Cash Basis and Accrual Basis of Accounting

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1.Under cash basis of accounting, revenue and expense recognition would occur when cash is received and disbursed. Contrast cash basis of accounting with accrual basis. Give suitable examples.

ACCRUAL BASIS OF ACCOUNTING - An accounting basis wherein revenue and expenses are recorded in the period in which they are earned or incurred regardless of whether cash is received or disbursed in that period. This is the accounting basis that generally is required to be used in order to conform to generally accepted accounting principles (GAAP) in preparing financial statements for external users.

CASH BASIS OF ACCOUNTING - The accounting basis in which revenue and expenses are recorded in the period they are actually received or expended in cash. Use of the cash basis generally is not considered to be in conformity with generally accepted accounting principles (GAAP) and is therefore used only in selected situations, such as for very small businesses and (when permitted) for income tax reporting.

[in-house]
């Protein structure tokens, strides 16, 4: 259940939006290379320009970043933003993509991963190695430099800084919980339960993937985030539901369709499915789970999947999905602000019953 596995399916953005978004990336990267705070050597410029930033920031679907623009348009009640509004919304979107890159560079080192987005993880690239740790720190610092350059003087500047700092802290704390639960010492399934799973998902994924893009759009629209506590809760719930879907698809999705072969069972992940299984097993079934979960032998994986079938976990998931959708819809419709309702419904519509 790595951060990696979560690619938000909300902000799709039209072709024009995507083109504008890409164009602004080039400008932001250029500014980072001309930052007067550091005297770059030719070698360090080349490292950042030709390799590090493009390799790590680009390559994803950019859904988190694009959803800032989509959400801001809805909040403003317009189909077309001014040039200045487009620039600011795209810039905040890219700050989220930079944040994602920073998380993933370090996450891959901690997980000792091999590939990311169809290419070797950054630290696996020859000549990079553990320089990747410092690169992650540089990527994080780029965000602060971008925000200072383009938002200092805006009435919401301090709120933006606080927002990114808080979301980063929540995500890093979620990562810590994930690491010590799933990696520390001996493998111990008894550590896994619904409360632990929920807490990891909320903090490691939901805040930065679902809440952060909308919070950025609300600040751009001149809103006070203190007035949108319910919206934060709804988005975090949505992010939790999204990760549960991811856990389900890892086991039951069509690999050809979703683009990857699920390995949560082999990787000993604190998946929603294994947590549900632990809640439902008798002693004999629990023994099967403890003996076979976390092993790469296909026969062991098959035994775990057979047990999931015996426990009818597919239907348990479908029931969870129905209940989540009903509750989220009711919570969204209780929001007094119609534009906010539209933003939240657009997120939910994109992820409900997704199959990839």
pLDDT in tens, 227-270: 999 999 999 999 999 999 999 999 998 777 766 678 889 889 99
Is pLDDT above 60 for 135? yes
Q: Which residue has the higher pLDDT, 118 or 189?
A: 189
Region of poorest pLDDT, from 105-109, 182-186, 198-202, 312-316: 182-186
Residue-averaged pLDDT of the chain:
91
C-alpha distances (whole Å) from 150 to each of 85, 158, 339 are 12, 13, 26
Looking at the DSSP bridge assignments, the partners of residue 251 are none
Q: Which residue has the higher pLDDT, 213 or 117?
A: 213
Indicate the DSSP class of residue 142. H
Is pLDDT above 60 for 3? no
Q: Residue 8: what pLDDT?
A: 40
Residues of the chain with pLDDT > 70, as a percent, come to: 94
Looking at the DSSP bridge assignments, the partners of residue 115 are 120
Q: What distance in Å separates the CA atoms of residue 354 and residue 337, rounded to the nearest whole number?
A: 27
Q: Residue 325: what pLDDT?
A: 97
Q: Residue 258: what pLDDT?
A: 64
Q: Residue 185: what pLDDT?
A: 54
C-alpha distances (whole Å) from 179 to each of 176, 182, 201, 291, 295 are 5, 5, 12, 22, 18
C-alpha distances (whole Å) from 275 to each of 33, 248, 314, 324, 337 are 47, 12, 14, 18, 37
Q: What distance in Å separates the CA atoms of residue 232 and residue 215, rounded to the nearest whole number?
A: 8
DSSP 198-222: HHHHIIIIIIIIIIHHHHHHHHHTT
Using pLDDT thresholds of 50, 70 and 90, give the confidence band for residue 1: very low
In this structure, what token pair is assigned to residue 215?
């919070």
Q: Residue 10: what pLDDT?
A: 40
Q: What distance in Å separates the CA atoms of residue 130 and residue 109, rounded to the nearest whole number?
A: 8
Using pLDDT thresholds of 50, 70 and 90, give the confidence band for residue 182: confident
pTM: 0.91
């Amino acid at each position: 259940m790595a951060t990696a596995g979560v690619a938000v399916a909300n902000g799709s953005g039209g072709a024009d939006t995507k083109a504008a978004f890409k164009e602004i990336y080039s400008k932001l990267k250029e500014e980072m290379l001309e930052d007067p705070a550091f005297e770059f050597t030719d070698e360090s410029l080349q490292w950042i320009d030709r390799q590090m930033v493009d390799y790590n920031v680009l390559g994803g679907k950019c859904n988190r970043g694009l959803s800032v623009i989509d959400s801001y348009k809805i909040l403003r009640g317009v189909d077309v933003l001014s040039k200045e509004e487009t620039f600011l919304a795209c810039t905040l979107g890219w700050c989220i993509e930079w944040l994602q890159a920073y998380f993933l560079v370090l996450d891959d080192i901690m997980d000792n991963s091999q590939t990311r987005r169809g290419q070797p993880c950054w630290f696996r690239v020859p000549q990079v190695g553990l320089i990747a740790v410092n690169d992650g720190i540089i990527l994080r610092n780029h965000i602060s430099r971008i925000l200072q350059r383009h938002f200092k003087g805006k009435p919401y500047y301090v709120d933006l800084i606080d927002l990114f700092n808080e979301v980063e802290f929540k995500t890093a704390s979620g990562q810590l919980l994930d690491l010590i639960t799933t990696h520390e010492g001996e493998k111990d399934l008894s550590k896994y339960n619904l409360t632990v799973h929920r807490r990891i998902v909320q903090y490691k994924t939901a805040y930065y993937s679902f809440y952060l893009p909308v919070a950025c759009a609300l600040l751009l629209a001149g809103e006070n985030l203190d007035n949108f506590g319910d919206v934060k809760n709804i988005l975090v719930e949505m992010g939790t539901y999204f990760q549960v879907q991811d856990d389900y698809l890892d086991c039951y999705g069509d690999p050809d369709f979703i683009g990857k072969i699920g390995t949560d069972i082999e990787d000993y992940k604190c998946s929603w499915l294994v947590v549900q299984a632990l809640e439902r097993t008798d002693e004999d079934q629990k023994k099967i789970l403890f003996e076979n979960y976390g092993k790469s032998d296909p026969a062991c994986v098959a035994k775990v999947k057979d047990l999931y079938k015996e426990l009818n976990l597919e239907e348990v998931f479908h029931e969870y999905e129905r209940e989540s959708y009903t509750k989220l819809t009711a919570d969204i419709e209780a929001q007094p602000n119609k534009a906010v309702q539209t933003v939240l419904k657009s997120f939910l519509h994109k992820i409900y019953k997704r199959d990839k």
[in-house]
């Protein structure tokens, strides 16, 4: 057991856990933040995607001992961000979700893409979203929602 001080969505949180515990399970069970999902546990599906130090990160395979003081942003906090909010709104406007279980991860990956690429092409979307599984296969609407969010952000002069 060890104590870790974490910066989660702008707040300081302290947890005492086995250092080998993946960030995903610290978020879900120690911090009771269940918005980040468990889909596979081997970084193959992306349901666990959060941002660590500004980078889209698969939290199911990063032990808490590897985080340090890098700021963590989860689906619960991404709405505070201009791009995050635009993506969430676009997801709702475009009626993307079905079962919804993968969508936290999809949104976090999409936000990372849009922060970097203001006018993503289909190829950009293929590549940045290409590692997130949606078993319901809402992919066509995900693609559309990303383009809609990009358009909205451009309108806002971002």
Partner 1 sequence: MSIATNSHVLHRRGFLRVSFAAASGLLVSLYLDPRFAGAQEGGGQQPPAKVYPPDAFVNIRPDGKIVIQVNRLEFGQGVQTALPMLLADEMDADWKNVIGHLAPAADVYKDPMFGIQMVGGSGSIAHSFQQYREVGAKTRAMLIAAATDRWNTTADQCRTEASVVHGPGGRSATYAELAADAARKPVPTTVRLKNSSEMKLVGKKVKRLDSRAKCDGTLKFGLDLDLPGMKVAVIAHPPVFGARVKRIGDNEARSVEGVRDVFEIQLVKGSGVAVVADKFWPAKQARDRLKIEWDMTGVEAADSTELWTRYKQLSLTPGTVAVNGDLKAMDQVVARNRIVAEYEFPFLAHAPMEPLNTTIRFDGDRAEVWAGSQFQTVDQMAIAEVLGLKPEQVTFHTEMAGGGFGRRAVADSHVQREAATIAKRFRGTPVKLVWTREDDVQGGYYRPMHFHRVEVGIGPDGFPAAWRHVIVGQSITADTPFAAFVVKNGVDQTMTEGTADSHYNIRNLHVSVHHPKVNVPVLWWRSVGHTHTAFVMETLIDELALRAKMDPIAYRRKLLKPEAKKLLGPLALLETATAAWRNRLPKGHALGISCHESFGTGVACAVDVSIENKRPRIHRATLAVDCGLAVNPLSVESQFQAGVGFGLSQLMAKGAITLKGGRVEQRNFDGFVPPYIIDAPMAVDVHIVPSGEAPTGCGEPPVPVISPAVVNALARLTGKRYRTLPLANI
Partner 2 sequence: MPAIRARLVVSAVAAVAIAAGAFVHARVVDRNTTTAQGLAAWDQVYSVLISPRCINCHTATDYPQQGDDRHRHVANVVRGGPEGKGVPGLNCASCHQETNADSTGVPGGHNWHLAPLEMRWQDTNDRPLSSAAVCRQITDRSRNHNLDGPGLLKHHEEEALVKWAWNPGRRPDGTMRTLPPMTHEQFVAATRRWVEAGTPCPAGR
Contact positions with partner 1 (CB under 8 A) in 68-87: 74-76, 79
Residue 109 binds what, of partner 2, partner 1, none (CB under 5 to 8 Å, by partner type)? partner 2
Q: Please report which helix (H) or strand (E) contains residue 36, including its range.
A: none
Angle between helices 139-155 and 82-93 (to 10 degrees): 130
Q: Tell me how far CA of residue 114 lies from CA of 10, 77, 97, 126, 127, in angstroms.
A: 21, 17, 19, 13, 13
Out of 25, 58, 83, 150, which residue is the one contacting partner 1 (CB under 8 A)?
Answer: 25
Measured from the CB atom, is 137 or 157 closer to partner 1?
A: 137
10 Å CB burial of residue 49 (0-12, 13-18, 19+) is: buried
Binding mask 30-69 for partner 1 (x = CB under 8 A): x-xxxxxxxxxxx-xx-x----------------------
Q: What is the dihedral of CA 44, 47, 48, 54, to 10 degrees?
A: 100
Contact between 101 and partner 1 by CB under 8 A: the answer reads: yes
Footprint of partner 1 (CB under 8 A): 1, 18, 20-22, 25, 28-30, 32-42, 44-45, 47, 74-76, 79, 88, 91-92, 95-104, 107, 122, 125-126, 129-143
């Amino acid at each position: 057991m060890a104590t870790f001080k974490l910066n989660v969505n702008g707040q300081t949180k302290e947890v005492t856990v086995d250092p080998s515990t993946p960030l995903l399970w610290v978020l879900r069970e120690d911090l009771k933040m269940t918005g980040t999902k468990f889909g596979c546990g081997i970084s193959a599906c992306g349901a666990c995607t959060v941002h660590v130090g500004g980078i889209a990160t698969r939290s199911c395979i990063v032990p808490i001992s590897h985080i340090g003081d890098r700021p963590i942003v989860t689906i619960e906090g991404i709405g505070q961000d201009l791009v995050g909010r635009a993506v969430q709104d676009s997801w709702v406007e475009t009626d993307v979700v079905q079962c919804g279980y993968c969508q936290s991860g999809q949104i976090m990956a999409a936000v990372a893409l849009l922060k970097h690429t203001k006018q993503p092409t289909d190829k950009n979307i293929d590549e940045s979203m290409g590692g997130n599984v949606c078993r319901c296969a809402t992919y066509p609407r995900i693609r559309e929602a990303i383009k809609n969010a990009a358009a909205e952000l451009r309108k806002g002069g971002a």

In simpler terms, Accrual Basis accounting will record an item as an expense if a firm incurs debt that is to be paid off at a later date; it will likewise assume an item as revenue if a counter party agrees to pay the firm on a later occasion. This is unlike the Cash Basis Accounting method, which ignores pending inflows and outflows of cash and instead records them when cash is received and paid out.

To put it as simply as possible, accrual accounting adds income as it's accrued (earned) Cash basis doesn't add income until it is actually received.

If a company gives a customer a product that they will actually pay for later, the income is entered into their accounting ledger even though payment has not yet been received. This is accrual accounting. It has the advantage of tracking upcoming expenses and income for better future planning.

In Cash Basis all accounting is done strictly on the actual movement of cash or cash value in an account. It is...
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